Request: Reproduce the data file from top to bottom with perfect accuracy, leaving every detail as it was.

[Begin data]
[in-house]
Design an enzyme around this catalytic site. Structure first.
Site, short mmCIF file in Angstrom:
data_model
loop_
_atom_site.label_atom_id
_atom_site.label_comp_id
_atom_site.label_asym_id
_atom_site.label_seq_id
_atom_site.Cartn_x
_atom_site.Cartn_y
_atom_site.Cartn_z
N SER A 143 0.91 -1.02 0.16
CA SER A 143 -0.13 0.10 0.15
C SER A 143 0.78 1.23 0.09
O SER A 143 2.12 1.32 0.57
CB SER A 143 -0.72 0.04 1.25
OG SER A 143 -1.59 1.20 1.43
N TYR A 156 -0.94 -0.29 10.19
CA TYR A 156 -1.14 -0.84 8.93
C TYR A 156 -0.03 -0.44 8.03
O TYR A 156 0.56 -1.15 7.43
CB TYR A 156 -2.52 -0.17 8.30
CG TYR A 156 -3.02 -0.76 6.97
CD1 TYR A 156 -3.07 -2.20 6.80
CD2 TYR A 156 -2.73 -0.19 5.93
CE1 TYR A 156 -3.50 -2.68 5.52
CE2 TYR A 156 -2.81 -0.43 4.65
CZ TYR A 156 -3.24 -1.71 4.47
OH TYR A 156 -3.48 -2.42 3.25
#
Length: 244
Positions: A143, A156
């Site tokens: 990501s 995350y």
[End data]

[in-house]
Design an enzyme around this catalytic site. Structure first.
Site, short mmCIF file in Angstrom:
data_model
loop_
_atom_site.label_atom_id
_atom_site.label_comp_id
_atom_site.label_asym_id
_atom_site.label_seq_id
_atom_site.Cartn_x
_atom_site.Cartn_y
_atom_site.Cartn_z
N SER A 143 0.91 -1.02 0.16
CA SER A 143 -0.13 0.10 0.15
C SER A 143 0.78 1.23 0.09
O SER A 143 2.12 1.32 0.57
CB SER A 143 -0.72 0.04 1.25
OG SER A 143 -1.59 1.20 1.43
N TYR A 156 -0.94 -0.29 10.19
CA TYR A 156 -1.14 -0.84 8.93
C TYR A 156 -0.03 -0.44 8.03
O TYR A 156 0.56 -1.15 7.43
CB TYR A 156 -2.52 -0.17 8.30
CG TYR A 156 -3.02 -0.76 6.97
CD1 TYR A 156 -3.07 -2.20 6.80
CD2 TYR A 156 -2.73 -0.19 5.93
CE1 TYR A 156 -3.50 -2.68 5.52
CE2 TYR A 156 -2.81 -0.43 4.65
CZ TYR A 156 -3.24 -1.71 4.47
OH TYR A 156 -3.48 -2.42 3.25
#
Length: 244
Positions: A143, A156
């Site tokens: 990501s 995350y």